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Now Playing: Rosencrantz and Guildenstern Are Dead

Notes on the Old Globe's farce


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Rosencrantz and Guildenstern, now playing at The Old Globe, resurrects two minor characters from Hamlet and makes them the focus, while Hamlet takes place offstage (and the filming of it, fake crew included, occasionally meanders into the action of the show). It’s an existential tragicomedy in which Rosencrantz and Guildenstern try to figure out what they’re doing and how they’ll survive, given their fate (it’s in the title), and they even mix up their own identities (Which one is Rosencrantz and which one is Guildenstern? Answer: it doesn’t matter). 

Written by Tom Stoppard, the man who gave us Shakespeare in LoveRosencrantz won a Tony Award when it debuted on Broadway. Get ready for fast, witty dialogue. You must pay attention to get the most out of it. In other words, this is not the play in which to try Kimberly Cunningham’s Shakespeare drinking game (although I did drink).

Photo by Michael Lamont.

I was happy to discover John Lavelle (above left), who played Rosencrantz. He was like the Jim Carrey of Shakespearean theater. So expressive, such great timing and delivery. Turns out he has done Broadway and is a graduate of NYU’s Tisch School of the Arts. So it wasn’t just me that thought he was supertalented. Sherman Howard is compelling and powerful as The Player. Another standout is Charles Janasz as Polonius. 

Alas, my mind wandered, which it tends to do during live performances, and I found myself thinking about my days at Torrey Pines High School, when I first read Rosencrantz, as well as Waiting for Godot (both very similar). Why did I take to those plays so much, and not enjoy the relatively linear and realistic narratives of Great Gatsby and Catcher in the Rye, which I also read at TPHS? Funny how you’re ready for certain things at certain times. Anyway, total sidenote. Too much wine.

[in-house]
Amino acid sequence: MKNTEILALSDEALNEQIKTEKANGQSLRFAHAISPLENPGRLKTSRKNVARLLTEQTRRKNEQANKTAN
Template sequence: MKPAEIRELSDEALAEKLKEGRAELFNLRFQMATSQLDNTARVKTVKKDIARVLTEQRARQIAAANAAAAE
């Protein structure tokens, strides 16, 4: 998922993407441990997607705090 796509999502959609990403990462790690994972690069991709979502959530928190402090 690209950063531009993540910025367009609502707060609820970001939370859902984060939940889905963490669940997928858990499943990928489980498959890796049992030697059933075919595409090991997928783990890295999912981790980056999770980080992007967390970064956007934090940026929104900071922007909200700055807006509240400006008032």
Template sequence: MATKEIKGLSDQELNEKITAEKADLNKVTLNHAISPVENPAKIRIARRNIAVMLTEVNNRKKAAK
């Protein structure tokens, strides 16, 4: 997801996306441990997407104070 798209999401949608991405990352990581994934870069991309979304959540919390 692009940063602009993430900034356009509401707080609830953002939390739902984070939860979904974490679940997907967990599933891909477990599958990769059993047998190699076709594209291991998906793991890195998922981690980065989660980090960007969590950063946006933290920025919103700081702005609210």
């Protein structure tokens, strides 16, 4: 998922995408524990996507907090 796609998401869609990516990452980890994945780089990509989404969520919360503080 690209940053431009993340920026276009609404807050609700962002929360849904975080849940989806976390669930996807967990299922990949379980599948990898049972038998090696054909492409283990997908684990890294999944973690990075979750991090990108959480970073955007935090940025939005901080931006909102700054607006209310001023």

Back to the theater. If you’ve never been to the Shakespeare Festival at Balboa Park, it is a supercool experience. The theater is really impressive and different from all other amphitheaters in San Diego (you feel like you’re in London or somewhere) and the rows of seats are very raked, so you can see easily from every seat, even if you’re short. (Tip: Bring a blanket because it gets cold, or you can rent one for $2 I think.)

Sidenote (and another tip): Did you know that nearby restaurant Cucina Urbana has a shuttle before and after the show, if you don’t have time for or don't want a post-dinner passeggiata across the bridge (a stroll I found rather romantic)?

Anyhoo. Great show. That Lavelle. Wow. (If you go on another night, he plays Snug in A Midsummer Night’s Dream and Lancelot Gobbo in The Merchant of Venice—look for him!)

 

Rosencrantz and Guildenstern Are Dead
By Tom Stoppard
Directed by Adrian Noble
Through Sept. 26, 2013 
Lowell Davies Festival Theatre
Tickets start at $29

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San Diego Magazine's editorial staff (Erin Chambers Smith + Erin Meanley + Kimberly Cunningham + a handful of smart, thoughtful contributors)  and web designer (Sanna Coates) blog everything from restaurants and bars to behind the scenes gossip to the best events happening this weekend. Looking for foodie and restaurant guru Troy Johnson? He's got his own blog here.

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